VOL. 15 NO. 3
|The Independent Traveler's Newsletter|
|2011 ~ An Extraordinary Weather Year in France . . . and the world!|
An Extraordinary Weather Year in France
Ici et Là
Select Paris Suburb Treasures:
by Invitation Only
the reality has more to do with losing your luggage."
Severe weather, such as floods and dangerous tornadoes in the US midwest and the subsequent prolonged heat wave, has gripped many countries. France is experiencing its own weather problems this year, but at this writing temperatures seem to be easing somewhat.
Most important and serious is the problem of drought in many areas of the country and northern Europe. France had its hottest spring since 1900 with farmers struggling to keep their livestock fed and alive; many were forced to slaughter animals early and send them to market. Between January and June little rain fell, so ground water and river levels were extremely low. The French government imposed water limits in 70 of its 96 mainland départements, and many regions and municipalities are asking tourists and natives alike to conserve water and inquire at tourist offices about any local restrictions on water use. The natural progression of this problem will lead to higher food prices in France and elsewhere in Europe.
But, in recent weeks everyone we heard from in France had been telling us about the rain, rain, rain! However, it seems to have come too late for most farmers, so the French government has pledged one billion euros (nearly $1.5 million) for farm aid. Rain continued from June through July and now into August, hampering the harvest of about half of French crops. In fact, Météo France, the weather service, said July was the coldest in 30 years!
In June, farmers in the south of France had one weekend of heavy rain and hail, the latter damaging fruit crops, while they still had losses in the sale of produce due to Europe's EColi food poisoning scare. Areas of Provence were hit by flash floods and storms as well.
The Var département of Provence experienced violent 200kph winds in July on the border with the neighboring Bouches-du-Rhône when a mini-tornado tore through properties in the village of Rians near Aix-en-Provence. Twenty homes and many cars were damaged.
On the brighter side of the weather story, the heat and wet summer has benefited wine producers. The harvest will begin several weeks earlier than normal with picking beginning in mid-August; hopefully, some 10,000 job openings for grape-pickers are being quickly filled. Higher yields are anticipated, and wine producers are expecting a good vintage, although not quite as good as 2009 - a banner year for French wines.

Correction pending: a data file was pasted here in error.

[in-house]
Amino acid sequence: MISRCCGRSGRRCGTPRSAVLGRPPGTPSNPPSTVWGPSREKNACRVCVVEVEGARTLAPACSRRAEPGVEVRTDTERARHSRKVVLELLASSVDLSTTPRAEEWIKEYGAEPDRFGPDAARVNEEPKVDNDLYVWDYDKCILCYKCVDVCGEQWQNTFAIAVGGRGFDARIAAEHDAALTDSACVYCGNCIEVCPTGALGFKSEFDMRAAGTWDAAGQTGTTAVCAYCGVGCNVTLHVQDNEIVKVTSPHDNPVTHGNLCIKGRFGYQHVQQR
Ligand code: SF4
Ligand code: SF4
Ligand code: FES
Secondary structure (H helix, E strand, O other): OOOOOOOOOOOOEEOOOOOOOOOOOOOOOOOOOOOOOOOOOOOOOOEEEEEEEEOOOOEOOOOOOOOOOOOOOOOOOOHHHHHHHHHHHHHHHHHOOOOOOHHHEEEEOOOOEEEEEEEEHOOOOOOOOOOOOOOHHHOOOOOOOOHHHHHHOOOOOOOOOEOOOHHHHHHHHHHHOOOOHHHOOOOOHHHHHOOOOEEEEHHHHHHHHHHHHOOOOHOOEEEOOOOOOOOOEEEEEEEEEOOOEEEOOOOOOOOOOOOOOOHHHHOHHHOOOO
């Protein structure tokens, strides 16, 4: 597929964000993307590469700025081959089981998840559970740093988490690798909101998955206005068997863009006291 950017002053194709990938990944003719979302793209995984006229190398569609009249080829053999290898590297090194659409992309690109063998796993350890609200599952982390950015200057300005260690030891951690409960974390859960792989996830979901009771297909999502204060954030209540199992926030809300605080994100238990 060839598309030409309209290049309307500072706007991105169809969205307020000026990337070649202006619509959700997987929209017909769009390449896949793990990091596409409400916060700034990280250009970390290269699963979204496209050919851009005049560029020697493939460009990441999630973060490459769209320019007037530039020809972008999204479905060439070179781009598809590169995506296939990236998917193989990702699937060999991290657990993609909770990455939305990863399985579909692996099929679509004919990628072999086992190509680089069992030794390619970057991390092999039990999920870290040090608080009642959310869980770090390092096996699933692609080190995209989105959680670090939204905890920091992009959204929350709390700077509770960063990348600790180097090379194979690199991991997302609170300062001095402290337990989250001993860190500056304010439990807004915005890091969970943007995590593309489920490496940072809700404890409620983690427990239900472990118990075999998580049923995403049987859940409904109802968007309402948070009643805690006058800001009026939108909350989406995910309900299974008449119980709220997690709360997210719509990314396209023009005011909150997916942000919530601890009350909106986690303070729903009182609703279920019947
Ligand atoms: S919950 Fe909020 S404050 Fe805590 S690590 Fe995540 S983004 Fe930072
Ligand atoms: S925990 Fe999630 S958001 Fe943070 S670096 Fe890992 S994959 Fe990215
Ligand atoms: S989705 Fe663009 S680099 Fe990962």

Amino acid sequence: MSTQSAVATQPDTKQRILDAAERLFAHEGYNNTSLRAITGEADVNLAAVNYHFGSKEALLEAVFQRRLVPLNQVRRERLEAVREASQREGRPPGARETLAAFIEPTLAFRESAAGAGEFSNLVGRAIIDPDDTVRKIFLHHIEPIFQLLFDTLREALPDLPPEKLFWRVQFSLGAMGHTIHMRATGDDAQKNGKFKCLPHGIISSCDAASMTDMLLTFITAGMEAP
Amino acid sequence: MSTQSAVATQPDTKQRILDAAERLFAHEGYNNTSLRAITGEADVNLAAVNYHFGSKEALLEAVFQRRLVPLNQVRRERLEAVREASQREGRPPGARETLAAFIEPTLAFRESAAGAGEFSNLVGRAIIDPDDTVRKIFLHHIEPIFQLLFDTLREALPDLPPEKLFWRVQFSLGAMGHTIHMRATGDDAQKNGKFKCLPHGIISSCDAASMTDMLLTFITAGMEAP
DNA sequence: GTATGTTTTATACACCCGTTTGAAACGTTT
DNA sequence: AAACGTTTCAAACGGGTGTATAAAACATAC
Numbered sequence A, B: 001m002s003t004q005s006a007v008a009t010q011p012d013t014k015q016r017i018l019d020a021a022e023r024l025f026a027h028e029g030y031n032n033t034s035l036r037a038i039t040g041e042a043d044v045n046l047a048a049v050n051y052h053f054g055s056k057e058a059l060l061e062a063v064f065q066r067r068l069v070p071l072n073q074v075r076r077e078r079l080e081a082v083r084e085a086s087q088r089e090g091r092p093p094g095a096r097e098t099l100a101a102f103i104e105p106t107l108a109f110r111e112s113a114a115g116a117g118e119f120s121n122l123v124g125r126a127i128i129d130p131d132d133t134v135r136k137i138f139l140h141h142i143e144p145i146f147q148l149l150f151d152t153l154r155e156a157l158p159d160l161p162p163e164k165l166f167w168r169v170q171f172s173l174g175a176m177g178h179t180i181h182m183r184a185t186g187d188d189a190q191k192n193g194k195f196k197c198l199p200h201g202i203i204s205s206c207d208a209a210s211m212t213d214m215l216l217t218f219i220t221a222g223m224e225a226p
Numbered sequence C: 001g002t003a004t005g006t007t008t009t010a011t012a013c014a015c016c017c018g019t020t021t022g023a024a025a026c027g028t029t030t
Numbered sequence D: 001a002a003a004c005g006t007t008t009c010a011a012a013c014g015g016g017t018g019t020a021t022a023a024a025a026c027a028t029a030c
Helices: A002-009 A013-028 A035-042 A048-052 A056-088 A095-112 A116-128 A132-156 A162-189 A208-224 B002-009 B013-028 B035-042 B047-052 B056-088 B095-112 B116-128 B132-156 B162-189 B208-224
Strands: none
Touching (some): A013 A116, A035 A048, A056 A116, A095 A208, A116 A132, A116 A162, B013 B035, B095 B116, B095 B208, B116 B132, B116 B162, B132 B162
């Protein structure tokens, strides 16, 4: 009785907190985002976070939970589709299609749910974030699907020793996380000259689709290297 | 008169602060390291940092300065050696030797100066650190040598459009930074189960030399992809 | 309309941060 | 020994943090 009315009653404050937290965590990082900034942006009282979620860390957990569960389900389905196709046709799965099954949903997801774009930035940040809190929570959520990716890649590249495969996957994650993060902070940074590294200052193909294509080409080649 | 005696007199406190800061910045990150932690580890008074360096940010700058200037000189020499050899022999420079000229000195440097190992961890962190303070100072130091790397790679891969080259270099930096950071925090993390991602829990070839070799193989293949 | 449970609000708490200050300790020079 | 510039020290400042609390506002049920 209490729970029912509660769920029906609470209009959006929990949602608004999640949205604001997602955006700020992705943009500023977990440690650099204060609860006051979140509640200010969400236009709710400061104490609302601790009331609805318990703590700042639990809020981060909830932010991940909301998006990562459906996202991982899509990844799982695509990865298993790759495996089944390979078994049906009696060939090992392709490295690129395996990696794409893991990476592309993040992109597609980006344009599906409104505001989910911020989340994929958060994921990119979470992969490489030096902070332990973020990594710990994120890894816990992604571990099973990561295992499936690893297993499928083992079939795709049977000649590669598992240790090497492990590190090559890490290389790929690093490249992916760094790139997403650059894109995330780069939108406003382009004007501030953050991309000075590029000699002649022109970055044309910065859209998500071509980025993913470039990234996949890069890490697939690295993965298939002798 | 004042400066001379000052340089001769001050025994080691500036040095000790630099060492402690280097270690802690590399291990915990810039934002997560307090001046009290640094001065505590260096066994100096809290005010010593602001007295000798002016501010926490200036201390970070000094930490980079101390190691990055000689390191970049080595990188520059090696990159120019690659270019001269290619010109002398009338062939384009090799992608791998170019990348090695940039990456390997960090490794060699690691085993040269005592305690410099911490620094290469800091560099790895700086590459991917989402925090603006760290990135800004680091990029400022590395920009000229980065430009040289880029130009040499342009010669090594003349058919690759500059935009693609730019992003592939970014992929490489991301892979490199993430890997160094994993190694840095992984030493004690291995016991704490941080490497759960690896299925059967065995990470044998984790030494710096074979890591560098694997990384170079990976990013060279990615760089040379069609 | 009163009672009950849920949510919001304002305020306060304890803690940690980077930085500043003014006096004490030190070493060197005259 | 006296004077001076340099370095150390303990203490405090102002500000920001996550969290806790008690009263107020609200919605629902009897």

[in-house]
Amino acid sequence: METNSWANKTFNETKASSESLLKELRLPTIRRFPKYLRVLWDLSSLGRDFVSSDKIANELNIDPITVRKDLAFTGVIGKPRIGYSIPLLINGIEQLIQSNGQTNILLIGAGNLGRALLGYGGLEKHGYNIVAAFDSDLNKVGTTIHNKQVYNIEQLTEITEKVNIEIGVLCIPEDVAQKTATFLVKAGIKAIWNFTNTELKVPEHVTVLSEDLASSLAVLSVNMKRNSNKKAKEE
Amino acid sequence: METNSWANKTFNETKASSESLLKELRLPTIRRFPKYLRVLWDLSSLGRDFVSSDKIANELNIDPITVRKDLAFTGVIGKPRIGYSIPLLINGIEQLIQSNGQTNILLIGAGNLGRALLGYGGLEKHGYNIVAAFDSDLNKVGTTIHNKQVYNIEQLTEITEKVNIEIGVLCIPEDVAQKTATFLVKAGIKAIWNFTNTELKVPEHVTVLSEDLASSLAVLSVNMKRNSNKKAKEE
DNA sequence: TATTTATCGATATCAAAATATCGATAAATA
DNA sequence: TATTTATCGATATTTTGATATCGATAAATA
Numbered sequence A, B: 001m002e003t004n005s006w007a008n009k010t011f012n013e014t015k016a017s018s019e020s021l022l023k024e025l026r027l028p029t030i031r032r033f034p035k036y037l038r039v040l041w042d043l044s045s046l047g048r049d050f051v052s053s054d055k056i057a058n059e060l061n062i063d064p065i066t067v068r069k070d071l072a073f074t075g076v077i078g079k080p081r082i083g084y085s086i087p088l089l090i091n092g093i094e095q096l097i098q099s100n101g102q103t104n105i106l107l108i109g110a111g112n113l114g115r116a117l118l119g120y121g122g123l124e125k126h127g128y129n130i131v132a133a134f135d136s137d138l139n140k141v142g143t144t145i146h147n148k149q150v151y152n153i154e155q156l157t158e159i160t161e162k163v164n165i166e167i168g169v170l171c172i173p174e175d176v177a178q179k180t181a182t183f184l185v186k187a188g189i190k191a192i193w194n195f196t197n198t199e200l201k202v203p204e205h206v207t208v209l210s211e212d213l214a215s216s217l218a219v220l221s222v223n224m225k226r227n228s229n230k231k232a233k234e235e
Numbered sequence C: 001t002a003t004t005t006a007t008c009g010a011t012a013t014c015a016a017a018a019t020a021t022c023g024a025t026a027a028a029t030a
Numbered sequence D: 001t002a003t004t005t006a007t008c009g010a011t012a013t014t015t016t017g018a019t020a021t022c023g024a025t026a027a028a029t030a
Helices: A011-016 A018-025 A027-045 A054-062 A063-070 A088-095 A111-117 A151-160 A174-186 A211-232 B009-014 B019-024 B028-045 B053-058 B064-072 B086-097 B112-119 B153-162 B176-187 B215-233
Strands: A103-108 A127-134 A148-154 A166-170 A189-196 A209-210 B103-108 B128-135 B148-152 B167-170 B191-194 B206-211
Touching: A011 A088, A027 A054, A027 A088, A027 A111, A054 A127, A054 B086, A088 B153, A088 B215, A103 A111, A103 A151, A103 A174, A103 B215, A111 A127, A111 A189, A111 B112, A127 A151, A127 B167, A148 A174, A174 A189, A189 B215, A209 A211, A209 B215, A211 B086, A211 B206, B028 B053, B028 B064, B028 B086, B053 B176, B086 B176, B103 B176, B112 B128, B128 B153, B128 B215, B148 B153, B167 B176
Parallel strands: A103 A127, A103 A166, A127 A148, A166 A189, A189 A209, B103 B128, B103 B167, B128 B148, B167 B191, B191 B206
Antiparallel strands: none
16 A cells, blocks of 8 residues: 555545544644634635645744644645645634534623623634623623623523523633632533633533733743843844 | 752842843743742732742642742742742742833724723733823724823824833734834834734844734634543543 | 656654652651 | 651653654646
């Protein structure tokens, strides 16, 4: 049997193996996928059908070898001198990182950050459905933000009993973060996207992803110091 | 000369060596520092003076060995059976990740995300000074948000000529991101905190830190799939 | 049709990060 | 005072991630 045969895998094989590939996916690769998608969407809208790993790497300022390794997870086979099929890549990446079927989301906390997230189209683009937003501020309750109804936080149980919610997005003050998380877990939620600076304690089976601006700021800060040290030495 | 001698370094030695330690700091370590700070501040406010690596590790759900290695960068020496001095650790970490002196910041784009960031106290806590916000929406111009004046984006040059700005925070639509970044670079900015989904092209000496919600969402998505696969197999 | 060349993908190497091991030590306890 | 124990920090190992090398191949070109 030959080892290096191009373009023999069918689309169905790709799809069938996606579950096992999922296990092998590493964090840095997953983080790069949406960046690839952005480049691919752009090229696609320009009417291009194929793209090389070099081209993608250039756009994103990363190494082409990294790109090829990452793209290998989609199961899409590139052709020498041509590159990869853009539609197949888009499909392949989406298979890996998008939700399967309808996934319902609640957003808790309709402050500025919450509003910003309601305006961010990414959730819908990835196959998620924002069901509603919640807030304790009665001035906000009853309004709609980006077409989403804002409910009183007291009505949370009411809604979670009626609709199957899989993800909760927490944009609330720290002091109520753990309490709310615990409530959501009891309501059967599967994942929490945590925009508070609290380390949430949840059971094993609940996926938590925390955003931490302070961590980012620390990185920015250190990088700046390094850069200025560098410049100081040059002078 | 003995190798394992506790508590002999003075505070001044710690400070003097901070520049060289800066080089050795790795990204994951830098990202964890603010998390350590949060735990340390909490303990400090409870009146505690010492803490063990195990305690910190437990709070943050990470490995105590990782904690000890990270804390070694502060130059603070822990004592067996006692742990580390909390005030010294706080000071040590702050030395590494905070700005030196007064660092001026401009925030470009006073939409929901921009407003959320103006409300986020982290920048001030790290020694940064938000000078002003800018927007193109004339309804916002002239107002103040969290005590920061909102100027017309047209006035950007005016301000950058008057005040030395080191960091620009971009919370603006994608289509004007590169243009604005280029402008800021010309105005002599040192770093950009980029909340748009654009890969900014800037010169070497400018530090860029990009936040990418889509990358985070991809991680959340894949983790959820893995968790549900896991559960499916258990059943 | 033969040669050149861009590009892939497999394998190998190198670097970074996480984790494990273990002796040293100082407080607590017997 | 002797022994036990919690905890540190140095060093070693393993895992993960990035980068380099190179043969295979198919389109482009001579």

For those of us planning a visit to France very soon, we are hoping and quite confident that the worst is over. We will be happy to conserve water while in France, and even if it should rain a bit now and then, we will nevertheless enjoy every minute we are there! If you are visiting France this year, just be sure to pack that umbrella!
> to learn more about the edges of Paris through Arthur Gillette's Discover Select Paris Suburb Treasures: Meudon
> to see how you can enjoy a week of luxurious château life in France's Loir and Loire valleys through Châteaux by Invitation Only
> to travel with us and complete our exploration of one of France's most loved regions in Part Two of Beautiful Burgundy Revisited.
> for wine lovers: a last-minute opportunity to have an expert guide you through Bordeaux wine country on the 2011 Bordeaux Harvest Tour.
> for The Bookshelf where we interview author Thirza Vallois upon the re-release of volume one of her Around and About Paris guide in eBook format.
> as Marlane O'Neill takes us on a visit of her city once again from the perspective of its history, art, fêtes and festivals in Notes from Narbonne.
ENIGMAS . . . A Quiz on Your
Knowledge of Historic Paris
by Arthur Gillette
Question from the last issue: Antoine-Louis Barye (1795-1875) was a sculptor who specialized in wild animal subjects, popular in both France and the USA, where private collectors acquired a number of his works. Quite a few are still displayed in US museums. After his death, a square at the eastern end of the Ile St. Louis was named for him. American admirers - creating a Barye Monument Association and Fund - helped finance this memorial to him boasting, atop a plinth, a statue of Theseus battling a centaur. When you visit the square today, what's missing?
Answer: Theseus and the centaur, which were 'dethroned' and melted down to make ammunition during the World War II occupation of Paris. All that remains is a lonely plinth.
Our new question: Commemorating Colonel Denfert Rochereau's 103-day defense of the town of Belfort, besieged during the Franco-Prussian War of 1870, at the Parisian place named for him is a lion designed by the Statue of Liberty architect, Bartholdi. But the lion has no tongue and Bartholdi was severely criticized for this oversight. Was it really an oversight?
Gillette to take advantage of his amazing knowledge of Paris
[See the answer
to this edition's question revealed in our Autumn 2011 issue.]
SPONSORING THIS ISSUE
Clemente, author of the Riches of France and the Riches of
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Recommendations are not a guarantee of satisfaction and are made only
to assist travelers with suggestions and web sites that we have found very useful.